We begin with hometown Hamilton between the World Wars. Miami University Hamilton’s own Susan Spellman explores “Business & Ordinary Life in the 1920s and 1930s,” drawing on research from her forthcoming book on business history. Renowned local reporter and crime historian Richard O Jones introduces three classic film noirs in our series “Hollywood Hoods.” Loyola University’s Elliott Gorn puts legendary outlaw John Dillinger on the map of depression-era America, while Jeremy Meier returns to the Colligan, bringing Dillinger to life on stage. Finally, Hamilton’s official historian Jim Blount considers the Little Chicago mystique and the history behind it. (Click below for schedule).


We look forward to seeing you all soon. In the meantime, enjoy a very happy holidays!

Matthew Smith,

Assistant Director, Michael J. Colligan History Project

Seasons Greetings!

“Christmas is not a time nor a season, but a state of mind. To cherish peace and goodwill, to be plenteous in mercy, is to have the real spirit of Christmas.” Calvin Coolidge (1927).

Dear Folks:

As we look forward to another year, all of us at the Michael J. Colligan History Project thank you, our audiences, friends, and supporters and wish you a very happy holiday season. We look forward to welcoming you all again in the New Year!

Following this fall’s exploration of “Ohio and the Civil War,” we look forward to bringing you our spring 2015 program of events, entitled “Public Enemies: Hamilton’s ‘Little Chicago Era & its Consequences.” This promises to be a popular topic, with local historical interest mixed in with an overview of the dark exploits of John Dillinger and other notorious outlaws and gangsters. Stay posted for our forthcoming schedule later this week!

Meanwhile, please enjoy the following pictures from our recent event, courtesy of our man with the camera, videographer Craig Rouse.

Kelli Johnson speaks at our opening fall event 9.16.14

Kelli Johnson speaks at our opening fall event 9.16.14

Morgan's Raid Panel (l-r):  David L. Mowery, Jim Blount, G. Michael Pratt, Lester Horwitz. 10.7.14.

Morgan’s Raid Panel (l-r): David L. Mowery, Jim Blount, G. Michael Pratt, Lester Horwitz. 10.7.14.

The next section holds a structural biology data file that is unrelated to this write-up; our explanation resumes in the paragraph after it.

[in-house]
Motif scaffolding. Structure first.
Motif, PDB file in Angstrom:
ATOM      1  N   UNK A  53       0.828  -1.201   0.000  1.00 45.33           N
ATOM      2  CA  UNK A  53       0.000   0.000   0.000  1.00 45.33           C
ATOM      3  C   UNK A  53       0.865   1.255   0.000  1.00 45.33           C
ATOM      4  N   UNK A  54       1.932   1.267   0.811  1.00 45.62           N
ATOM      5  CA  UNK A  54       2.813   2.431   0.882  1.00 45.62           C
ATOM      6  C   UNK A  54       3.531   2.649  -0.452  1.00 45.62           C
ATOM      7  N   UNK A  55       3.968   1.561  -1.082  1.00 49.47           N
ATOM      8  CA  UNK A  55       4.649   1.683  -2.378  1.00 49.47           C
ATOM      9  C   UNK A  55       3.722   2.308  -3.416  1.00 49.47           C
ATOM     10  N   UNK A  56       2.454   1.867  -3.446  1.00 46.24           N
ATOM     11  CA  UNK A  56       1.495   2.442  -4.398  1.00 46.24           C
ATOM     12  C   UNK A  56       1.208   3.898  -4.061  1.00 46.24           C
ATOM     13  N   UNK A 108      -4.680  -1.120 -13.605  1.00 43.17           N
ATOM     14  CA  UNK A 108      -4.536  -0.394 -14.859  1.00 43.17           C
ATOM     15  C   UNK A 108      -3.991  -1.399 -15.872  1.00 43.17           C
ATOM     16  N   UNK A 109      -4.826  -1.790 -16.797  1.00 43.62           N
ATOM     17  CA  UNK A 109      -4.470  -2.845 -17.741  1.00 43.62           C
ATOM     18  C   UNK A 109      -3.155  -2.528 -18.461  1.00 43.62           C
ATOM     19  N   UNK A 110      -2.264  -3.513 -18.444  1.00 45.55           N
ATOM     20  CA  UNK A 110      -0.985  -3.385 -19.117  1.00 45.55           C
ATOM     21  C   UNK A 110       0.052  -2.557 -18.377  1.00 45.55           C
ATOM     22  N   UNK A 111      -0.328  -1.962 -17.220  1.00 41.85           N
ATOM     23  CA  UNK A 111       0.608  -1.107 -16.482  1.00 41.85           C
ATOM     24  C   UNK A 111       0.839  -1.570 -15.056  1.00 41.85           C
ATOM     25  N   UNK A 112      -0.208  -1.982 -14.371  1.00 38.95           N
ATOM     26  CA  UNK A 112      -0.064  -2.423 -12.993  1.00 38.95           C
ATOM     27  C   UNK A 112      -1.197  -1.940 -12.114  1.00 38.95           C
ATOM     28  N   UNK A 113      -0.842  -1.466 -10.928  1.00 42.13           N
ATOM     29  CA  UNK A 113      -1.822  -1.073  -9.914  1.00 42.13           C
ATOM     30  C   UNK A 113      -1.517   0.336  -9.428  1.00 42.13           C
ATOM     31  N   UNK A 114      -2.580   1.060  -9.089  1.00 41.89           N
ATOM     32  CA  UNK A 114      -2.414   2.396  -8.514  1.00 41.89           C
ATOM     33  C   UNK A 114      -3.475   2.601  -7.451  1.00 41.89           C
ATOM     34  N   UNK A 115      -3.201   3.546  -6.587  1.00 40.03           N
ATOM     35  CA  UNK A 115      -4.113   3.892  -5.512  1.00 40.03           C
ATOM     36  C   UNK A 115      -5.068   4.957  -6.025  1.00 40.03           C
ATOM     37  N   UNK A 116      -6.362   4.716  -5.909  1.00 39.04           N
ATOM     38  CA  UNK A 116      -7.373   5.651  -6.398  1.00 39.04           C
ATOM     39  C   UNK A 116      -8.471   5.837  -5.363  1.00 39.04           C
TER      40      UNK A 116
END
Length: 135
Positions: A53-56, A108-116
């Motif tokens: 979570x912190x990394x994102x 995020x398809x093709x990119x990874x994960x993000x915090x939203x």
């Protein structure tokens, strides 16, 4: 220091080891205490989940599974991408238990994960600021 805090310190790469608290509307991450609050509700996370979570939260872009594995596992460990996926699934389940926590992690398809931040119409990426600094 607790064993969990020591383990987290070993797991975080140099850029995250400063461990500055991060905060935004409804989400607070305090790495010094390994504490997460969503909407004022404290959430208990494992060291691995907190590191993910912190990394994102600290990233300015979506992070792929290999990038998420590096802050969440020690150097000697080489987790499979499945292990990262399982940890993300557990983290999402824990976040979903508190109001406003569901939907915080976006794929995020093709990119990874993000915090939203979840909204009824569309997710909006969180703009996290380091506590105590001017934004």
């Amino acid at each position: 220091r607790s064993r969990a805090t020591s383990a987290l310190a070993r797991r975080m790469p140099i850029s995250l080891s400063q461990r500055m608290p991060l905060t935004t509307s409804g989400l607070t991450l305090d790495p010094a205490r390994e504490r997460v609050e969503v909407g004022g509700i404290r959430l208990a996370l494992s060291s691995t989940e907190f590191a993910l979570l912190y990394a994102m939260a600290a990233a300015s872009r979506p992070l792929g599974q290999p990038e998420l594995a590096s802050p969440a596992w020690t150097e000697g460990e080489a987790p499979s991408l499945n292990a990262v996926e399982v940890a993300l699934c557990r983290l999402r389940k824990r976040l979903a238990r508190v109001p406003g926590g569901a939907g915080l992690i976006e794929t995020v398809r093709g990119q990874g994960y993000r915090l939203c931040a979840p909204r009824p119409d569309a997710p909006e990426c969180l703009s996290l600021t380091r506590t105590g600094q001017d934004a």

James M. McPherson receives John E. Dolibois History Prize. 10.29.14.

James M. McPherson receives John E. Dolibois History Prize. 10.29.14.

John E. Dolibois History Prize platform (l-r): G. Michael Pratt, James M. Mcpherson, Mike Dingledein, Curtis Ellison. 10.29.14.

John E. Dolibois History Prize platform (l-r): G. Michael Pratt, James M. Mcpherson, Mike Dingledein, Curtis Ellison. 10.29.14.

Jay Ungar & Molly Mason perform (Rick Good on banjo). 11.13.14.

Jay Ungar & Molly Mason perform (Rick Good on banjo). 11.13.14.

Ungar & Mason on stage. 11.13.14.

Ungar & Mason on stage. 11.13.14.

The 2014 John E. Dolibois History Prize: James McPherson

McPhersonjpegOhioans on Slavery and Emancipation in the Civil War

James M. McPherson

George Henry Davis 1886 Professor of American History, Emeritus, Princeton University

Wednesday 29 October, 7.30 pm, Parrish Auditorium

Ohioans played a more important role in the Civil War than residents of perhaps any other Union state. Three of four principal generals who led the North grew up in Ohio and went to West Point, Ulysses S. Grant, William T. Sherman, and Philip H. Sheridan. Secretary of the Treasury Salmon P. Chase and Secretary of War Edwin M. Stanton were Ohioans, while Senators Benjamin Wade and John Sherman and Representatives James Ashley and John A. Bingham were important Congressional leaders in the drive for abolition of slavery.

Ohio also furnished prominent opponents of these policies, notably Clement L. Vallandigham, George L. Pendleton, and Samuel S. Cox. The story of these and other Ohioans in military and political actions of the war brings special attention to issues of slavery and its abolition.

  • Free public event
  • Reception to follow